Demo block 1: the rise of hardware and data agnosticism

 McLeod Software demonstrates FlowLogix's smart contracts capabilities at Transparency18. ( Photo: FreightWaves )

McLeod Software demonstrates FlowLogix's smart contracts capabilities at Transparency18. (Photo: FreightWaves)

‘Agnostic’ was a word that kept coming up during the first round of technology product demonstrations at Transparency18 in Atlanta. Envio 360’s drayage optimization platform is “TMS agnostic” and open platform; Konexial’s GoLoad technology is agnostic with regard to telematics and TMS systems; FullBay’s cloud-based diesel truck maintenance solution is agnostic to repair shop and fleet software.

It was clear that after more than a decade of piecemeal, uneven technological progress in transportation and logistics that saw fleets developing proprietary ‘solutions’ and a crowded market of hundreds of telematics devices, momentum is shifting toward data and systems integration. The most impressive digital solutions to logistics pain points are engineered to work with whatever system, hardware, or format a shipper, 3PL, or carrier already uses, in order to aggregate and make sense of vast amounts of data that has become fragmented and siloed. 

The leading edge in transportation technology products is no longer simply building a device that generates data, but in building digital solutions—whether they’re on a blockchain or other storage layer—that can bring different kinds of data together, integrate it seamlessly, and use predictive analytics to help companies make better business decisions. 

project44 showed how users can call data from their API network and upload it into a blockchain. project44 emphasized that blockchain won’t replace APIs because the two technologies do different things: API is a communication layer that allows disparate systems and applications to communicate with each other in real time, while blockchain is a storage layer that creates a shared version of the truth that can’t be changed. The blockchain, though, is only as valuable as the quality of the data that’s being fed into it, and project44 thinks their API network is an ideal way to populate blockchains.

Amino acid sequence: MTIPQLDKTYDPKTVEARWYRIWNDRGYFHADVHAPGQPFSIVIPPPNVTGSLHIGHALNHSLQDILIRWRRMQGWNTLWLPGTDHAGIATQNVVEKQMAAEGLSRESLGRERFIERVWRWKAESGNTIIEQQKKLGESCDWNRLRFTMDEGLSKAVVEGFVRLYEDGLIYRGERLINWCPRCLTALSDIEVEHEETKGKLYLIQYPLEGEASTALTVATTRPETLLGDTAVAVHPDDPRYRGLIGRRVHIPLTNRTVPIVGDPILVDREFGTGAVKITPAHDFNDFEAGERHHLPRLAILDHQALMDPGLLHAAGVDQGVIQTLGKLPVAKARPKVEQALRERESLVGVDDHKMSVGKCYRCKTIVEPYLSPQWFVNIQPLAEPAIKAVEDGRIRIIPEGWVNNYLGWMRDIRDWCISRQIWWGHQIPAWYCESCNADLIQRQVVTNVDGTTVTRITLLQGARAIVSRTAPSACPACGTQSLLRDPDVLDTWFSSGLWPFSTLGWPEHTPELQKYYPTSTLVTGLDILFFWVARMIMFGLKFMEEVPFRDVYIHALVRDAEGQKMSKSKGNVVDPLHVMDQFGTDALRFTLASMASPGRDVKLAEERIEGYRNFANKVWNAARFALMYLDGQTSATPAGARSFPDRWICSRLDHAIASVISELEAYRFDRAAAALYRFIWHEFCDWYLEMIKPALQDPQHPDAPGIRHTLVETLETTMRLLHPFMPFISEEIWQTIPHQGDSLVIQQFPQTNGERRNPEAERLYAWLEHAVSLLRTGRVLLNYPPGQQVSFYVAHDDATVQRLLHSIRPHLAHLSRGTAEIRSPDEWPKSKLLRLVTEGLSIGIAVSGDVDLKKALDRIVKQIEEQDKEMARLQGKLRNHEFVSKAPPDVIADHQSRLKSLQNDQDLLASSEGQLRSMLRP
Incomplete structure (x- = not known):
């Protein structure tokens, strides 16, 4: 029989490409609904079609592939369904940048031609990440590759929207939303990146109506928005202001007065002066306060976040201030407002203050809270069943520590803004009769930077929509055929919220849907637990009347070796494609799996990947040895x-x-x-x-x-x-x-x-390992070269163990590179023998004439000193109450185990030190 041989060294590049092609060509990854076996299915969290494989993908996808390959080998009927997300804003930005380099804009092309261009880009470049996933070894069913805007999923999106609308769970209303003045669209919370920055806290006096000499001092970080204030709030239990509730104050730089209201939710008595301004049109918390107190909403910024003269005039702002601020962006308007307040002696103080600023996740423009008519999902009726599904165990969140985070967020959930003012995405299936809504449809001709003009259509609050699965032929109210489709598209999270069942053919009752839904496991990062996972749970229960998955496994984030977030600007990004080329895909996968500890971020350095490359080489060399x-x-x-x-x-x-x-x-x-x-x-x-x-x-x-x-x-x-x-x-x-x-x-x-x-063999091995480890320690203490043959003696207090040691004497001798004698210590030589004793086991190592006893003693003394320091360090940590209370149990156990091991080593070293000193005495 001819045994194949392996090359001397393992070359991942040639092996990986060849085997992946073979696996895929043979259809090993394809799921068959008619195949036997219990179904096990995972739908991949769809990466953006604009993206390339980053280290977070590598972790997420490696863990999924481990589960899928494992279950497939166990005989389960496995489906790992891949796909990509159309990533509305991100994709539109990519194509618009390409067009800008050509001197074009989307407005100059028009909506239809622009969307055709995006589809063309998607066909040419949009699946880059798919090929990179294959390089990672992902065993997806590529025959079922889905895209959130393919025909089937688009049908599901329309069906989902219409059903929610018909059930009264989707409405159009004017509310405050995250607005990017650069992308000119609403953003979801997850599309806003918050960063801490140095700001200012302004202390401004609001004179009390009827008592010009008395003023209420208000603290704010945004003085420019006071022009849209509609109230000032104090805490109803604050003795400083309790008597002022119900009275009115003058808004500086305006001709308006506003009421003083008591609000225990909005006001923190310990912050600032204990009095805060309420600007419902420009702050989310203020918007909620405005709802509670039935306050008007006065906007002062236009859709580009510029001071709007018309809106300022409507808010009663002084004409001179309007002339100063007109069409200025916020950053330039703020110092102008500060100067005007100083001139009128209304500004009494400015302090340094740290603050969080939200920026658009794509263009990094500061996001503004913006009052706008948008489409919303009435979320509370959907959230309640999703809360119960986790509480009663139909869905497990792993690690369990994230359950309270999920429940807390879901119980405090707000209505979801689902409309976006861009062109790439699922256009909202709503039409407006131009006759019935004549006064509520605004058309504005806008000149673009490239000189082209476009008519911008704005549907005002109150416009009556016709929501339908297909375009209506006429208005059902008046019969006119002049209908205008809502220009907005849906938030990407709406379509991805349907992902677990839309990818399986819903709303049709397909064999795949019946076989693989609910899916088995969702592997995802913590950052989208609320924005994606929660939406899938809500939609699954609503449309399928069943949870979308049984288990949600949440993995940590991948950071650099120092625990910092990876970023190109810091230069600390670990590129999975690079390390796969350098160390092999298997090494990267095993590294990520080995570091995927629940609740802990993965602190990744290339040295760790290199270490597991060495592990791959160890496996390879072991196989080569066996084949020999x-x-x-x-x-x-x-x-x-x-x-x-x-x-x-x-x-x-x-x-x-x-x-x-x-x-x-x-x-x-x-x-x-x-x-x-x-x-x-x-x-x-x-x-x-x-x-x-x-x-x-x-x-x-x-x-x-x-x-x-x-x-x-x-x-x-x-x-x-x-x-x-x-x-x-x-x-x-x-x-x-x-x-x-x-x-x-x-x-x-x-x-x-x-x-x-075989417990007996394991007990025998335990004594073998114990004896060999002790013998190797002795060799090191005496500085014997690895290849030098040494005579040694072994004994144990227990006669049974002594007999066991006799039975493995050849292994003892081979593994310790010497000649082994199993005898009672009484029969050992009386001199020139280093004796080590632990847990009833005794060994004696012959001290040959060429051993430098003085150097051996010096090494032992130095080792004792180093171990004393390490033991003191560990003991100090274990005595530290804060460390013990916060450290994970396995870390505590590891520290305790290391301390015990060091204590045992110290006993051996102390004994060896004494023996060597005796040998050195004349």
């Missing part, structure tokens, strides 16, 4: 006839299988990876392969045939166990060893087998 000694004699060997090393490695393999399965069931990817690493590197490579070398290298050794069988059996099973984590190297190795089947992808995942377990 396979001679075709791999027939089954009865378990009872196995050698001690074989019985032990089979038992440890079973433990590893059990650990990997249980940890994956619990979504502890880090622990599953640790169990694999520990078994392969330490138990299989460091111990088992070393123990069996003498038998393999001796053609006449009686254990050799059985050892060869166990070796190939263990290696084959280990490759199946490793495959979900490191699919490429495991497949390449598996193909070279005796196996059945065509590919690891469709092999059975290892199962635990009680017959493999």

The team from Envio 360 led by Brian Widell, the company’s founder and CEO, presented the company’s artificial intelligence-powered drayage optimization platform. Envio 360 is also designed to feed information into a cryptographically secured blockchain, which is particularly advantageous for drayage companies dealing with import/export shipments.

“We all recognize the potential power of blockchain in transportation and international shipments spanning borders, currencies, and compliance issues,” said Widell. “Every container shipment begins and ends with drayage, and it’s one of the least transparent and automated segment of transportation. Drayage is traditionally known as the black hole of freight visibility, but the complex logistic requirements of intermodal have made optimization and dispatch automation difficult,” Widell continued.

Widell explained how Envio 360 automates drayage dispatching using data analytics to match the most suitable drivers with the best loads, taking into account everything from safety scores, hours of service remaining, and tracks the progress and efficiency of each move.

Salesforce demonstrated their Einstein service, which uses predictive analytics to help shippers and carriers anticipate their customers’ reactions to problems like damaged cargo and late delivery. Einstein can prompt a company to offer a credit or discount on a problematic shipment, or send a technician or claims adjuster to meet a delivery at its destination if IoT devices report some kind of compromise or damage to the load. Salesforce’s Einstein product was typical of the cloud-computing giant in that it leveraged data to help improve and automate customer relationships, because customers are ultimately partners “you want to do business with over and over.”